Venturing To The South Pole In An Electric Car Powered By The Sun
Effort aims to spur environmental action
Adventurous expeditions have long been a part of the story about the transition to electric vehicle dominance, and now a new effort is about to extend that tradition. Meet the Polar Explorer (pictured above): a solar-powered four-wheel-drive vehicle made largely from recycled plastic that will attempt to reach the South Pole in about 10 weeks from now.
The project arose from the simple act of disposing of some plastic packaging, something millions of us do every day. For the Dutch couple at the heart of the project — Liesbeth and Edwin — this was the proverbial straw that broke the camel’s back and it triggered a series of events that ultimately led them to design, build, and test this glorious photon-fed beast.
For the past year or so, the “Clean 2 Antarctica” team has been posting videos of there progress and associated activities, and so you can probably find the answers to any engineering questions among the 68 (to date) visual missives on their YouTube channel. A perusal of its website does give a few interesting facts, though. For instance, its top speed is a mere 8 kph (4.97 miles per hour) while its weight is 1485 kg (3273.87 pounds).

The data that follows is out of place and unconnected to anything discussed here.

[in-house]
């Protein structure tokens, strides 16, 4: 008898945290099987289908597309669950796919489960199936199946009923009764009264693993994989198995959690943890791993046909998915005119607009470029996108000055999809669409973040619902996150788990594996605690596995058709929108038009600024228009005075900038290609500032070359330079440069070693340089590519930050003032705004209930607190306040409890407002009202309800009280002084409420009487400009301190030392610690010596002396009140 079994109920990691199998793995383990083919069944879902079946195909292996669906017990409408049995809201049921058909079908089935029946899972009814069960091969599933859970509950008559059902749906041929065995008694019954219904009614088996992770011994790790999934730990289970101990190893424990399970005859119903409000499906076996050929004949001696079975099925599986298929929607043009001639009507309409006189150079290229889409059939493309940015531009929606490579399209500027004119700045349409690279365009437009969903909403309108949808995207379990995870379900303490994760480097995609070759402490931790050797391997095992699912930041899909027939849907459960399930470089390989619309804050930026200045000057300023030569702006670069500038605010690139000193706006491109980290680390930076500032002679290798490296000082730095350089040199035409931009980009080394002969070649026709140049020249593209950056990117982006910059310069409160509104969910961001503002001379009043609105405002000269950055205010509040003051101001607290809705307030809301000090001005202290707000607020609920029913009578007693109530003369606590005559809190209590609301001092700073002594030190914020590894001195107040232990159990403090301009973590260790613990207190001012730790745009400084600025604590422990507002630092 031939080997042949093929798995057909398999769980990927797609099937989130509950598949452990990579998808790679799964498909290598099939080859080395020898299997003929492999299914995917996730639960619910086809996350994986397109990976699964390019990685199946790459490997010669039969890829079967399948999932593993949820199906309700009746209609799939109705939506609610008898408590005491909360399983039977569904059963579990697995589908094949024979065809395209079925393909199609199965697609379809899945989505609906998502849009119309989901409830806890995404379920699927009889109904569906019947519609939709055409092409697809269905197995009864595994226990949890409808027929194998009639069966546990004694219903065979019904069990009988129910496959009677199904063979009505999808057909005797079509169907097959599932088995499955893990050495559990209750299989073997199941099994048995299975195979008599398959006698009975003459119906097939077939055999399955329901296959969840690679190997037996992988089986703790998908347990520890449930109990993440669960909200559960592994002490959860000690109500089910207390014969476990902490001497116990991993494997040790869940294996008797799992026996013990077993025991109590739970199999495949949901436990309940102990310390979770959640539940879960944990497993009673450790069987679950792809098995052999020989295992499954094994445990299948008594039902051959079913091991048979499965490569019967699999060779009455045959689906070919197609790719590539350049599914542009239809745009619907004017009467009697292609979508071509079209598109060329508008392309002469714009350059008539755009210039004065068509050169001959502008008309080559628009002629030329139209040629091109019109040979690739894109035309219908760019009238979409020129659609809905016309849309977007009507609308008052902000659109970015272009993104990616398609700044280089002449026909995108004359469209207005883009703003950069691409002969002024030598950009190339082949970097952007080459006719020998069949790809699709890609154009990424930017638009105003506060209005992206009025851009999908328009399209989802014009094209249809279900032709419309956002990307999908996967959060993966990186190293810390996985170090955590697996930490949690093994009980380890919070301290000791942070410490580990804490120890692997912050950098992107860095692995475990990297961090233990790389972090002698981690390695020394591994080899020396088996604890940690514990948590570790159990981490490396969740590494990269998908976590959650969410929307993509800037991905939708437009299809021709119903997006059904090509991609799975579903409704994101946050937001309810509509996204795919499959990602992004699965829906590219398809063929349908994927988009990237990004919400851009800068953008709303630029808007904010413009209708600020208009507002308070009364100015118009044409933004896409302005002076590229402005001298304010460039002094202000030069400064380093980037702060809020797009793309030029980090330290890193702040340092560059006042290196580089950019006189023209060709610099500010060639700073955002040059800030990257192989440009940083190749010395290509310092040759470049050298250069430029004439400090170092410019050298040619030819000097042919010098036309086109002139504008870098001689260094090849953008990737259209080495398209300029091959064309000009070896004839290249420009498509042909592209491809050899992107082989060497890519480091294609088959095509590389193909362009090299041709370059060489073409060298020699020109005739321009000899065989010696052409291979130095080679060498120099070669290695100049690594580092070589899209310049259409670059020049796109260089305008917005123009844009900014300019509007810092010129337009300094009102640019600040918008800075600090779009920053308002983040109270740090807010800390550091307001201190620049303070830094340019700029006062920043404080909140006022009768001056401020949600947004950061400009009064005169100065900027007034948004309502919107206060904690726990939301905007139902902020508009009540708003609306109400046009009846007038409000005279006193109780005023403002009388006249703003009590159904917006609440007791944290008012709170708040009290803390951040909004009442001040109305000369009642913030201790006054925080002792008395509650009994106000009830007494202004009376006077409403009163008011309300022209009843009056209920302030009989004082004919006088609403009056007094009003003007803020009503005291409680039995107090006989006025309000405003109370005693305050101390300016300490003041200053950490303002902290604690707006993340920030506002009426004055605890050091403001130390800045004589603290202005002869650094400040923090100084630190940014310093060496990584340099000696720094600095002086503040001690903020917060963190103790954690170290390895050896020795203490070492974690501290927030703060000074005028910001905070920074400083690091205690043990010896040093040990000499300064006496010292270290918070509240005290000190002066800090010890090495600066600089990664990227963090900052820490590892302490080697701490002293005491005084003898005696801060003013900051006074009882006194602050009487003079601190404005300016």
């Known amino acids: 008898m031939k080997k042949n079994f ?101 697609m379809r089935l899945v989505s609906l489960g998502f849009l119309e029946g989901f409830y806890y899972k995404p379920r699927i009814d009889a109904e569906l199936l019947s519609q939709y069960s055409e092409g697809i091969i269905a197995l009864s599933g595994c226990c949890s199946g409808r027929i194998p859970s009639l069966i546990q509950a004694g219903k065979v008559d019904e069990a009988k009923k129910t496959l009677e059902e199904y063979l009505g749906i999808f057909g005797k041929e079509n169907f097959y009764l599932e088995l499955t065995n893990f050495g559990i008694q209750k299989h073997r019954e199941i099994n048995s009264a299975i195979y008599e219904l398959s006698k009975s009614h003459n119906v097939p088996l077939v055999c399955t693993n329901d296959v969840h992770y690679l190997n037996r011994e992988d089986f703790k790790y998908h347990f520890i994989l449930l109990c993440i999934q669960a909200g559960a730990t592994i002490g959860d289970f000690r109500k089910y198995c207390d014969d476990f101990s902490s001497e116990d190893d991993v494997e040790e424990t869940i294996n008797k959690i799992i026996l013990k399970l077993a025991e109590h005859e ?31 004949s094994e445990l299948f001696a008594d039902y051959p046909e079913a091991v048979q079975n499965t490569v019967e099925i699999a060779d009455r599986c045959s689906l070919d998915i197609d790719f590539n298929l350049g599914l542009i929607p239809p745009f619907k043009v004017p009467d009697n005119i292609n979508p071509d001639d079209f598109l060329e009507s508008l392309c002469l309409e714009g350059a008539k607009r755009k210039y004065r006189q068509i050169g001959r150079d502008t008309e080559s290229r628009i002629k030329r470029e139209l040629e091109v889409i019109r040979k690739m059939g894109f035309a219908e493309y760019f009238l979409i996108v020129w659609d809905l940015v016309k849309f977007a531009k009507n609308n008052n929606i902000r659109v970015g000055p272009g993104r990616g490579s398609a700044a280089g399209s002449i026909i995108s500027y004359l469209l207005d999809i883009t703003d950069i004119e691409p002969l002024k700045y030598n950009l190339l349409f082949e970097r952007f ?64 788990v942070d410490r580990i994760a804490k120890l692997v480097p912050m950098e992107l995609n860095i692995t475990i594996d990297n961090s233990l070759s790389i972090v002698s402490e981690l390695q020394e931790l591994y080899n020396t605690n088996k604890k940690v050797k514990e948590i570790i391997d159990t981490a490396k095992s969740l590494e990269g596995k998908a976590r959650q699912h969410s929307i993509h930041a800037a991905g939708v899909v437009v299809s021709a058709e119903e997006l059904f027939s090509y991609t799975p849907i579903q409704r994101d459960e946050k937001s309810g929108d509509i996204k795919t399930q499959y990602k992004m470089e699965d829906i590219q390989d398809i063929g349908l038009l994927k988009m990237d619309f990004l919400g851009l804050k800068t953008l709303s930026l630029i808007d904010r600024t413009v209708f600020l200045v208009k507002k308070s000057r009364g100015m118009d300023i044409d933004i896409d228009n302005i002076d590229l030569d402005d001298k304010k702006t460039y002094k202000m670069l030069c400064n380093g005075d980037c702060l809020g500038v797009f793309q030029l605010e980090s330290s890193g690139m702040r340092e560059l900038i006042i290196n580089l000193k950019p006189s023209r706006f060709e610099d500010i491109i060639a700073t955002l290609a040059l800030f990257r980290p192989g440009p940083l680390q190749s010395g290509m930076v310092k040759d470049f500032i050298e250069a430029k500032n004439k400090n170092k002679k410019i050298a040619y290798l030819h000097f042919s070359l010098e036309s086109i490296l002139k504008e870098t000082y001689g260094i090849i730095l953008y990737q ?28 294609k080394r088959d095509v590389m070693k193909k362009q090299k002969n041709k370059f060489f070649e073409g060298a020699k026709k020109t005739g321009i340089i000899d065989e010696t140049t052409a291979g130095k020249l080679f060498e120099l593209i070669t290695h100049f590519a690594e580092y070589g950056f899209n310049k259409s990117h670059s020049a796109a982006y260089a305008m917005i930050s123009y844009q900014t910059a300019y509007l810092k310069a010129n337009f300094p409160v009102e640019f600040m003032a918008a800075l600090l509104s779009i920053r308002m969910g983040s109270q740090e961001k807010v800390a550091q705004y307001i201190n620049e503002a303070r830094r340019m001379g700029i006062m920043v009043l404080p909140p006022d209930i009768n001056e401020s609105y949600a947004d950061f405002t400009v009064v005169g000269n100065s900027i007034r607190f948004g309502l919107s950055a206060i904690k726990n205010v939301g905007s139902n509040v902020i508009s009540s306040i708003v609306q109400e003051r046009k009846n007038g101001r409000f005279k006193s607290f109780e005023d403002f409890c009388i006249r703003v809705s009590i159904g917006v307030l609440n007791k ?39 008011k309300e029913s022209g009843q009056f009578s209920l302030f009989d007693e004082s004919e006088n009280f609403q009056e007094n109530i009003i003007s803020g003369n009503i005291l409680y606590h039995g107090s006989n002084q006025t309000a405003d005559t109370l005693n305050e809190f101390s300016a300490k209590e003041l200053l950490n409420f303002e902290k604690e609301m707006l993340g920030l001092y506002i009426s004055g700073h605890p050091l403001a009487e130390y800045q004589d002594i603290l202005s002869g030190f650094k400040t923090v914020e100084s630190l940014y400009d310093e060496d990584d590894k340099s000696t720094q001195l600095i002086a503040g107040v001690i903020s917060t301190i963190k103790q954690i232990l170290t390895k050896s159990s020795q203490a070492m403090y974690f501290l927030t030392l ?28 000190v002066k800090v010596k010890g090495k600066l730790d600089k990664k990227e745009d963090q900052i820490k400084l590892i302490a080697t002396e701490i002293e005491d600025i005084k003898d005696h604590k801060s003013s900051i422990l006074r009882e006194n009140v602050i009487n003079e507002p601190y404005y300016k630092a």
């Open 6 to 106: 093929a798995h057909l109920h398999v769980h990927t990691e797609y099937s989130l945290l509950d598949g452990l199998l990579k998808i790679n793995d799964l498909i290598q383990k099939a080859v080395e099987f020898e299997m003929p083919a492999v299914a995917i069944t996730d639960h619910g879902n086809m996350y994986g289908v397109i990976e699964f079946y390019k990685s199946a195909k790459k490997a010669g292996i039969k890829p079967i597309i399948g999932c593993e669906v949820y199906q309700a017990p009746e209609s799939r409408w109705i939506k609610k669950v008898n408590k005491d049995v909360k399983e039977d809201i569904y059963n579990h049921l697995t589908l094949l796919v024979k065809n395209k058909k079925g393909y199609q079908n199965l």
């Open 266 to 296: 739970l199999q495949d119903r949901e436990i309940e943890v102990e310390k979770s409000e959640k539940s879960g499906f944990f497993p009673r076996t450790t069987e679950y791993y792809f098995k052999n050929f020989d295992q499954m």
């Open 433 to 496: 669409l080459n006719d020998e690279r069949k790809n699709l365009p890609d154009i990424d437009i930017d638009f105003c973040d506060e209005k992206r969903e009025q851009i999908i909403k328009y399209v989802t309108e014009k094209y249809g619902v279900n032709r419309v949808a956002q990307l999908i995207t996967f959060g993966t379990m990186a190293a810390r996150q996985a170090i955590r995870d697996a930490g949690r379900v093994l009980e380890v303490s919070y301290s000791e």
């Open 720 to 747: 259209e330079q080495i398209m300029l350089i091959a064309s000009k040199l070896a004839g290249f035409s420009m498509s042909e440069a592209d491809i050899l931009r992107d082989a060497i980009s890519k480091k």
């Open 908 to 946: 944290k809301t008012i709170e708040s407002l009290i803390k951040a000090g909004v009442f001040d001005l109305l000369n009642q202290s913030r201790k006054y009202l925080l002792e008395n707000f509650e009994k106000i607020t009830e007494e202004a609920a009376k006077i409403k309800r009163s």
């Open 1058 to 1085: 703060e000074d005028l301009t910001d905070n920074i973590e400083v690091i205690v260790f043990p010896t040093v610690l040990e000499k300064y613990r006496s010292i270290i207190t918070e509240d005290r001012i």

The “tractor” portion of the vehicle features two solar panels, with each of the two trailers it pulls support four each, giving it a total of ten panels. Speaking of the trailers, they’ll hold enough food for 47 days, though the targeted time for the expedition is 30 days. The entire train is 16 meters (52.49 feet) in length.
Despite all the preparations, the 2,400 km (1491 miles) journey should prove challenging. Though they have the advantage of being on the Southern continent when the sun never sets, they’ll also face temperatures of -30 C (-22 F) regularly and likely experience much colder. Perhaps this is a good time to mention that the cabin of the vehicle isn’t heated. (Yikes!)
We wish the couple and their entire team the best of luck with their unique adventure and hope to hear of their success in the coming months. For a little more insight into some of their preparations, check out the video below of their testing in Iceland.
Source: Reddit, Clean2Antarctica